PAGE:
The sea lines of communication in the Indian Ocean, the lifelines of global commerce, must be open for peaceful use. The Indian Prime Minister, Narendra Modi, is advocating an open and inclusive Indo-Pacific.
Sri Lanka has taken the initiative in promoting a Code of Conduct on the Freedom of Navigation in the Indian Ocean based on UNCLOS – the United Nations Convention on the Law of the Sea. We have also proposed the need to formulate an enforcement machinery. These proposals include the safeguarding of undersea cables – a lifeline as vital as the sea lanes. The first 1.5 Diplomatic Track Meeting was held in Colombo on 11 October 2018.
On the whole, there is a need to avoid security polarization within our region. Security cooperation need to be based on agreed threats within the region rather than political posturing. The mounting multi-dimensional regional trade arising from economic integration should not be thwarted by war or other security disruptions.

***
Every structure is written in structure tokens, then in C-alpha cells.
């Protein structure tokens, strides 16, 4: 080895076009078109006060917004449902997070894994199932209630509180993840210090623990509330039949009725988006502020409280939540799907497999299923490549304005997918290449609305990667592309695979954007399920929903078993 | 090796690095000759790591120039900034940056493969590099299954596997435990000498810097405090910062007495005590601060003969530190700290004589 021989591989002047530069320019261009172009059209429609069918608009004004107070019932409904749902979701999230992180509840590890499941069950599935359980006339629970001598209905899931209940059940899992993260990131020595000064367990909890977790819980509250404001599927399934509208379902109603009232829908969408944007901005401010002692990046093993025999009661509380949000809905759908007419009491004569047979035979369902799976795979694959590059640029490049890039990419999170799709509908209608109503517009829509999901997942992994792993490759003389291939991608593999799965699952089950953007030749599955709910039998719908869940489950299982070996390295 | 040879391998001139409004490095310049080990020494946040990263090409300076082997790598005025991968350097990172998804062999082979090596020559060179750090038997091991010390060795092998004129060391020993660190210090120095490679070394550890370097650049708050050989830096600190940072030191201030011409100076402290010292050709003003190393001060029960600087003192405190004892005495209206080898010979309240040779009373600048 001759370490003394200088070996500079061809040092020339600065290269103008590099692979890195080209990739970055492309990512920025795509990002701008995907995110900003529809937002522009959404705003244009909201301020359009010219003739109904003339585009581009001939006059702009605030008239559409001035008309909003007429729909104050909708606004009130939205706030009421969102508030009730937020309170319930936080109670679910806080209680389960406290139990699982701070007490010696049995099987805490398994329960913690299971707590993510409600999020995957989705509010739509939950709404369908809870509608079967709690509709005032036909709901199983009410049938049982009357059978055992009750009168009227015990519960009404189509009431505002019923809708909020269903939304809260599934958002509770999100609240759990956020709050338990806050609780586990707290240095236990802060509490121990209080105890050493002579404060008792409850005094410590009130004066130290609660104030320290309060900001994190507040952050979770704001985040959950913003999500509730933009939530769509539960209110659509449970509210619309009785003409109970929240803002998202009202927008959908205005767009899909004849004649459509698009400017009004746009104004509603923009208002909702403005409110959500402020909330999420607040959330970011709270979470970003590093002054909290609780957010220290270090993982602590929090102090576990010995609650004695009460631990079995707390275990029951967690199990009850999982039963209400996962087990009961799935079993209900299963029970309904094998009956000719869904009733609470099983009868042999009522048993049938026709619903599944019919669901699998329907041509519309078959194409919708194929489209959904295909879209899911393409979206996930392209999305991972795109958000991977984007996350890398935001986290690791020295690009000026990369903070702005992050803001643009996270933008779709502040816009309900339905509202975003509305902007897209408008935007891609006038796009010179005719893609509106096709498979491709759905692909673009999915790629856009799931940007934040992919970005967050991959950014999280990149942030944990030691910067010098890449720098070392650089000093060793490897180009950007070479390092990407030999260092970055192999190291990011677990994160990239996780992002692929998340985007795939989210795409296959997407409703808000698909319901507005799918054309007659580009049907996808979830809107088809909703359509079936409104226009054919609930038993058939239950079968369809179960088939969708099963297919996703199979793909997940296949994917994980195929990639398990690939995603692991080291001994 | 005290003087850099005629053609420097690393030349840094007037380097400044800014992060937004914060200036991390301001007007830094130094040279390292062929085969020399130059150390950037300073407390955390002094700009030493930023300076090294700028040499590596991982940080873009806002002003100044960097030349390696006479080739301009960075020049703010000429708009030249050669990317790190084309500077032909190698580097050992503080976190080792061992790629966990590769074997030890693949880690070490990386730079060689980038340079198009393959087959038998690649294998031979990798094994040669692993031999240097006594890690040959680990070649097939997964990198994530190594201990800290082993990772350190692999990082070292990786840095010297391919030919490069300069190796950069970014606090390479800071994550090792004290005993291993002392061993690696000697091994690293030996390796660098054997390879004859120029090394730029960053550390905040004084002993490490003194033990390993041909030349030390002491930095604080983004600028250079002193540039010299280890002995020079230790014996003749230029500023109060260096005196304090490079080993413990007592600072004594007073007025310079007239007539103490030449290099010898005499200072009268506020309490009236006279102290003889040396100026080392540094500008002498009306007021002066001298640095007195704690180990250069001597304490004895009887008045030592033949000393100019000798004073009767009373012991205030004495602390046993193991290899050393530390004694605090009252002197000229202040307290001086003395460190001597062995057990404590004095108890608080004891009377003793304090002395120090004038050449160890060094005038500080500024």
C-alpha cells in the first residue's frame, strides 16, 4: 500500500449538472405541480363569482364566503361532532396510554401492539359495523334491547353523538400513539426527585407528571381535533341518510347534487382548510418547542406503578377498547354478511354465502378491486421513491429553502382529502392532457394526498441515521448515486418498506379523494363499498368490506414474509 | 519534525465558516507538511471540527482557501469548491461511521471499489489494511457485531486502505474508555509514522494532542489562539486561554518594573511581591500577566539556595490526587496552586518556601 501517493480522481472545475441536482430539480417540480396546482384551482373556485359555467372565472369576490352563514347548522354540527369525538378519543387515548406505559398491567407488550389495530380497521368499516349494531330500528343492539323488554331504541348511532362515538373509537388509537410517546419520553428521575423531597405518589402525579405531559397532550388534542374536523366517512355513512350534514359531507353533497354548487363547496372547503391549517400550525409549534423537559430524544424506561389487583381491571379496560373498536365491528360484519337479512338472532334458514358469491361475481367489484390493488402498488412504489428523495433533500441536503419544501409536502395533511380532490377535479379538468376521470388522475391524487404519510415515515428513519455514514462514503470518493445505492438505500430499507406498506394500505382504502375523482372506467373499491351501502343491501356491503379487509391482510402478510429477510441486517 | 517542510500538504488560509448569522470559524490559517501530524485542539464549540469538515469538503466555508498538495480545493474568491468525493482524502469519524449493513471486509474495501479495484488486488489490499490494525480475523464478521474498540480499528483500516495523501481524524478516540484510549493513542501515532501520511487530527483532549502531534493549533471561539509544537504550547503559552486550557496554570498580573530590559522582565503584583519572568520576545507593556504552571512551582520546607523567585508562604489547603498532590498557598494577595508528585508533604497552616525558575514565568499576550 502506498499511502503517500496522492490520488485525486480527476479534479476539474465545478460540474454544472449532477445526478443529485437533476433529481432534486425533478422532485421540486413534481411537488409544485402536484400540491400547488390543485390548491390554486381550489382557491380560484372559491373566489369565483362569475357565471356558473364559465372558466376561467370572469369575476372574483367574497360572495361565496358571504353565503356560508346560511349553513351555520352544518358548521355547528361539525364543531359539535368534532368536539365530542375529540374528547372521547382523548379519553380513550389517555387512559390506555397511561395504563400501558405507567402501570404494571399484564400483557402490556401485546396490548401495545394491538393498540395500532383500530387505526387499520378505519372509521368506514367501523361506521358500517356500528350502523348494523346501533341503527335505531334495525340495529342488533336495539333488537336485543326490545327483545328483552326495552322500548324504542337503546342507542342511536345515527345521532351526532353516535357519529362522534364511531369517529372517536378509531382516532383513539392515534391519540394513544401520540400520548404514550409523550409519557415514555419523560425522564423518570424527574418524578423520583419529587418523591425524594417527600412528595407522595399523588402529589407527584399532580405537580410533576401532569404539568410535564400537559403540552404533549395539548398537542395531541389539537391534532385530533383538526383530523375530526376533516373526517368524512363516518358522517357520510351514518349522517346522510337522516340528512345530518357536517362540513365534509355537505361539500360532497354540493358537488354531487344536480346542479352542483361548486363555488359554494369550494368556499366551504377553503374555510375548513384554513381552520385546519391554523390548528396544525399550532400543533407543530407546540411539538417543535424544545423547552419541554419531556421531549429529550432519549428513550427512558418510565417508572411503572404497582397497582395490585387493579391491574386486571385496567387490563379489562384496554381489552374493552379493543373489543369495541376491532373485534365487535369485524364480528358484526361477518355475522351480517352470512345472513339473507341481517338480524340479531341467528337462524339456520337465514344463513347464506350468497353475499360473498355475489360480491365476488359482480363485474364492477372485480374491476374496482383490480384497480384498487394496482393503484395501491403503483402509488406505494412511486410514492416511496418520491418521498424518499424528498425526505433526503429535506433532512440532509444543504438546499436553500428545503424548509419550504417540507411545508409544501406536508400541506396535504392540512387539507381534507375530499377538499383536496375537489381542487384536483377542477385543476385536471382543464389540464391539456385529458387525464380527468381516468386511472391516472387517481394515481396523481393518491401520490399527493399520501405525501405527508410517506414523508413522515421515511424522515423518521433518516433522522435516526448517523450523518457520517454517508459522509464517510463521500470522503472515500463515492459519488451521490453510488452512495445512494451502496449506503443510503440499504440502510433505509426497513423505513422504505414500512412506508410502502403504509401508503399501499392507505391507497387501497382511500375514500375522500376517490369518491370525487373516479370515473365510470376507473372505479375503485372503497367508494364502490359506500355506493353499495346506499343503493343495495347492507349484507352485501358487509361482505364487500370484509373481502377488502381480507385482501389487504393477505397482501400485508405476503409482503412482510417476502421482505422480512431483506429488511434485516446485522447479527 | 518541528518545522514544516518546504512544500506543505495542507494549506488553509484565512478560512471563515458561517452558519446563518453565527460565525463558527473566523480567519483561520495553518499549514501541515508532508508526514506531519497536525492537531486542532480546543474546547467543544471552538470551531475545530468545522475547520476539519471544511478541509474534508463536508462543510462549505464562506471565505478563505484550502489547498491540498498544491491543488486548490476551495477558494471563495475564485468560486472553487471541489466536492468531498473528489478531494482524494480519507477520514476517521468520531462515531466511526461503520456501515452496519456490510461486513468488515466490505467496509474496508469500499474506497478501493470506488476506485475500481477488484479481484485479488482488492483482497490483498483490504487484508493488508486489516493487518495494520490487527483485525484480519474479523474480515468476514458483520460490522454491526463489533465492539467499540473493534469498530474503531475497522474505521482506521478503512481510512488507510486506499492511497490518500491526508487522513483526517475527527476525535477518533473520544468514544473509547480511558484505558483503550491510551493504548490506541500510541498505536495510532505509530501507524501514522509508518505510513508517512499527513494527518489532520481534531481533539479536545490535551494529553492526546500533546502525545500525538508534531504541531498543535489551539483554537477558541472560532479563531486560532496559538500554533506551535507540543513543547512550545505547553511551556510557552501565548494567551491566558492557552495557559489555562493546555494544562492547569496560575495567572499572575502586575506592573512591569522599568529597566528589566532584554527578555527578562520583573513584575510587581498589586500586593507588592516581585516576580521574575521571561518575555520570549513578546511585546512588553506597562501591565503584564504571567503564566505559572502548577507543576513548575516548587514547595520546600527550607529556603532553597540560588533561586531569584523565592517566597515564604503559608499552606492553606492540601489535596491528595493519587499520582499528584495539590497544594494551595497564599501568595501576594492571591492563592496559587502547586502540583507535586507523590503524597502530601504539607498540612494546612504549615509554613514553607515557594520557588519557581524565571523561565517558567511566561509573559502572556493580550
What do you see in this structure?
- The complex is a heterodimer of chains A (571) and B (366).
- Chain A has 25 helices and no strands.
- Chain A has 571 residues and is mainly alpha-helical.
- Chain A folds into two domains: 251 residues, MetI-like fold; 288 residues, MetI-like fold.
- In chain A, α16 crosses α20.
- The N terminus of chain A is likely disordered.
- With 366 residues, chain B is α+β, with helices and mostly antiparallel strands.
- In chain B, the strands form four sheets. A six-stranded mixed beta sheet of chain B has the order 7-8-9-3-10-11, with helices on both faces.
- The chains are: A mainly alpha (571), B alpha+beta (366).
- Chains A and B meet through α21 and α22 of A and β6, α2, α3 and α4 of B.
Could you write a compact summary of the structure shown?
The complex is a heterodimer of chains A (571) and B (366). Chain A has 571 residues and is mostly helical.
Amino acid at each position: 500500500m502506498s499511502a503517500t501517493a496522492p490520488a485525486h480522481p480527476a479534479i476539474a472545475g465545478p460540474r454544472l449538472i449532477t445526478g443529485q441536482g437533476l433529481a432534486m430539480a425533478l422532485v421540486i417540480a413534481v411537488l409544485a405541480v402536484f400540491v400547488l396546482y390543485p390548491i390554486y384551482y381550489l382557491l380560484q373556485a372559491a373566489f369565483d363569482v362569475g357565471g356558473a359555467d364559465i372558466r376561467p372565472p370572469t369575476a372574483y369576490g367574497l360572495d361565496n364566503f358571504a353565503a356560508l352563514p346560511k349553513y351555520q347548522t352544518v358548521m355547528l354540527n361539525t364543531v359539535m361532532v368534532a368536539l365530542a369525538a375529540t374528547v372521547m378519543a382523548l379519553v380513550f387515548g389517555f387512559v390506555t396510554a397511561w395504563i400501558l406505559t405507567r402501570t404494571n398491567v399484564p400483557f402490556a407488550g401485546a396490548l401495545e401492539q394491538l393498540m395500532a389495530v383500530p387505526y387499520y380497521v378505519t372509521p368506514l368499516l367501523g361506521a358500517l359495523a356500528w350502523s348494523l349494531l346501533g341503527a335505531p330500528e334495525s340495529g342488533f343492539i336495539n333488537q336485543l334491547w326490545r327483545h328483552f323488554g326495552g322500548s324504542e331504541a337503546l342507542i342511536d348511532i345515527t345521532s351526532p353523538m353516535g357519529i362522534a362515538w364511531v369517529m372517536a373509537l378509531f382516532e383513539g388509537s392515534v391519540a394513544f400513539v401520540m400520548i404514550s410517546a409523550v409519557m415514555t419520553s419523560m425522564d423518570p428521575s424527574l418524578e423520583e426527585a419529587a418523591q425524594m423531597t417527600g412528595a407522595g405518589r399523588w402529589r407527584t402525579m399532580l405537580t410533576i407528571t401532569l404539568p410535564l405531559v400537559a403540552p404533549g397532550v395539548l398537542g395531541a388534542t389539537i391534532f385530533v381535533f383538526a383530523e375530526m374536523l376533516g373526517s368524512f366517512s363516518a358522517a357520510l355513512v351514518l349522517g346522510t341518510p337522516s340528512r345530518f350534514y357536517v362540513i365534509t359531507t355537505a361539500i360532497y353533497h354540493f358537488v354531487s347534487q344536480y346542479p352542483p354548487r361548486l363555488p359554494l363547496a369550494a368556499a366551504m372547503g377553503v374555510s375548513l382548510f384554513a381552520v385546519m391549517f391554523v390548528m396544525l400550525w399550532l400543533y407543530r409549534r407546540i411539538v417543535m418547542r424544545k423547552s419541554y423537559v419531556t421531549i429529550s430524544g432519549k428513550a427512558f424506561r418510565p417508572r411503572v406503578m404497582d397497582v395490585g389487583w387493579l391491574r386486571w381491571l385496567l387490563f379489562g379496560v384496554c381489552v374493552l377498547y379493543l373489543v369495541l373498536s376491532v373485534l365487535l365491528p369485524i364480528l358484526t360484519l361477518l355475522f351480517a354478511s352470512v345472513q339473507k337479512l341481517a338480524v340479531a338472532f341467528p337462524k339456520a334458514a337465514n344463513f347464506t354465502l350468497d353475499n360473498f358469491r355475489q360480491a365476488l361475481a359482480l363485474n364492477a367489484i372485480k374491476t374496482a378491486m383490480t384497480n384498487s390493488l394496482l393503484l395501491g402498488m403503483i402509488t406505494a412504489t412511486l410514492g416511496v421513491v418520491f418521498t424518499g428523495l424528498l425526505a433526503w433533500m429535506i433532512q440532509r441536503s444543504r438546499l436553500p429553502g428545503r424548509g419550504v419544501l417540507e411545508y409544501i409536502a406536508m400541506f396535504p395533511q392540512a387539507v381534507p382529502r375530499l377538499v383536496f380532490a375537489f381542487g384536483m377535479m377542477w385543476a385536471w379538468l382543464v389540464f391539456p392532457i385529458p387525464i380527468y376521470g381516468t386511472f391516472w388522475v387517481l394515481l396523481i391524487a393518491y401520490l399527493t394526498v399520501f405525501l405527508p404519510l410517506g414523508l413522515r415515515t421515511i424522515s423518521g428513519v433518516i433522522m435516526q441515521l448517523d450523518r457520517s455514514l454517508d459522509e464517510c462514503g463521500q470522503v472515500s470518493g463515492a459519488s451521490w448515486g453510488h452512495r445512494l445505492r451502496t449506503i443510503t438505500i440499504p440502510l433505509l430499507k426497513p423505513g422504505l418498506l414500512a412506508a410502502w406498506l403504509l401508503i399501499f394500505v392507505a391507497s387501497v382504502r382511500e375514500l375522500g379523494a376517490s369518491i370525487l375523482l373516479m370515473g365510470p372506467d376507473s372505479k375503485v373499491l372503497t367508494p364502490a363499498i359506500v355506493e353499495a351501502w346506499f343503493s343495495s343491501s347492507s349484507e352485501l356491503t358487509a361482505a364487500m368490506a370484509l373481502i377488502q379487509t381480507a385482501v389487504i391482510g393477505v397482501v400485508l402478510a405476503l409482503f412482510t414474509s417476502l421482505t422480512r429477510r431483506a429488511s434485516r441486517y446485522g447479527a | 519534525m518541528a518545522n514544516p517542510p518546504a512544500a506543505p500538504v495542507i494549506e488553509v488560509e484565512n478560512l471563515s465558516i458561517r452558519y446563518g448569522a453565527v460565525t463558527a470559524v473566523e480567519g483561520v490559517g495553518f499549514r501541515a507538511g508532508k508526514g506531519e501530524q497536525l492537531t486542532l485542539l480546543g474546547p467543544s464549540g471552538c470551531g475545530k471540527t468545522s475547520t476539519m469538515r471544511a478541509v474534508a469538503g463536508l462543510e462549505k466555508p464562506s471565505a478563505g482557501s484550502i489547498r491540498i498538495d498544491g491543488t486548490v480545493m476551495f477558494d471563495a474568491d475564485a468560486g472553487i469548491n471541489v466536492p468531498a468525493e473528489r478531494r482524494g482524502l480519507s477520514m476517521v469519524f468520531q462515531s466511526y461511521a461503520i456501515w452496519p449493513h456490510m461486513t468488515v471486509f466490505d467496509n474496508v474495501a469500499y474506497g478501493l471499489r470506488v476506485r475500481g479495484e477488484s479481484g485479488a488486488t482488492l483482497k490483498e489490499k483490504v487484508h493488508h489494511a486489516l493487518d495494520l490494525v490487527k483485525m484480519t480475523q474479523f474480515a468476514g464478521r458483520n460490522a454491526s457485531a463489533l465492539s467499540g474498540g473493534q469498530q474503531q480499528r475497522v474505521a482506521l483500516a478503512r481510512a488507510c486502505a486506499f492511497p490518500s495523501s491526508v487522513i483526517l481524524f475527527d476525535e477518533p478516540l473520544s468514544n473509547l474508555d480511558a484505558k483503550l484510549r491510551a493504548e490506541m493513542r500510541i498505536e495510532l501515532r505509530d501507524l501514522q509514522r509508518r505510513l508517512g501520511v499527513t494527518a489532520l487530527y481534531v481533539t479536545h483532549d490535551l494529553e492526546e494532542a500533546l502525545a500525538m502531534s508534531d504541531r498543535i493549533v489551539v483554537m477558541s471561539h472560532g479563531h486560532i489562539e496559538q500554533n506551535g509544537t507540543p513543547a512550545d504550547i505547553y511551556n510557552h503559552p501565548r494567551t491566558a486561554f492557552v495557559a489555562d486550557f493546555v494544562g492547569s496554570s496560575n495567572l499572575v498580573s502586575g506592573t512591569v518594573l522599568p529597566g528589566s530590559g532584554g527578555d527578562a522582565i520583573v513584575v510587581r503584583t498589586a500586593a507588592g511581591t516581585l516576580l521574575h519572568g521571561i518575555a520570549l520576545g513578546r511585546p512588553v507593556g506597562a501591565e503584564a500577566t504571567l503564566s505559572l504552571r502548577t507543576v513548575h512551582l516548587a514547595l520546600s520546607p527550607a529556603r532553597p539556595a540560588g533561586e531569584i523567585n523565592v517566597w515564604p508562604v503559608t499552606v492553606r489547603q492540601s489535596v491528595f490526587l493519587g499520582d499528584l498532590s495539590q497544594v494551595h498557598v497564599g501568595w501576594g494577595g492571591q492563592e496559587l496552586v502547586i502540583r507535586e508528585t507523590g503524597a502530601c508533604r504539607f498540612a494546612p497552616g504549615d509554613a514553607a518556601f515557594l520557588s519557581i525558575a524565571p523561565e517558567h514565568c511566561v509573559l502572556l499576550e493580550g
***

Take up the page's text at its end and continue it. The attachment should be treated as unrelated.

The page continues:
Consequently, terrorism, piracy, human smuggling, narcotics and the presence of non-state actors are recognised as regional threats and have become the basis for security cooperation in the region.
Progress has already been made on security coordination in the Bay of Bengal. BIMSTEC members have agreed to cooperate on the BIMSTEC Convention on Cooperation in Combating International Terrorism, Transnational Organised Crime and Illicit Drug Trafficking and have established a joint working group. However, to become effective, BIMSTEC members must overcome their indifferences and ratify the convention in addition to the Convention on Mutual Legal Assistance in Criminal Matters.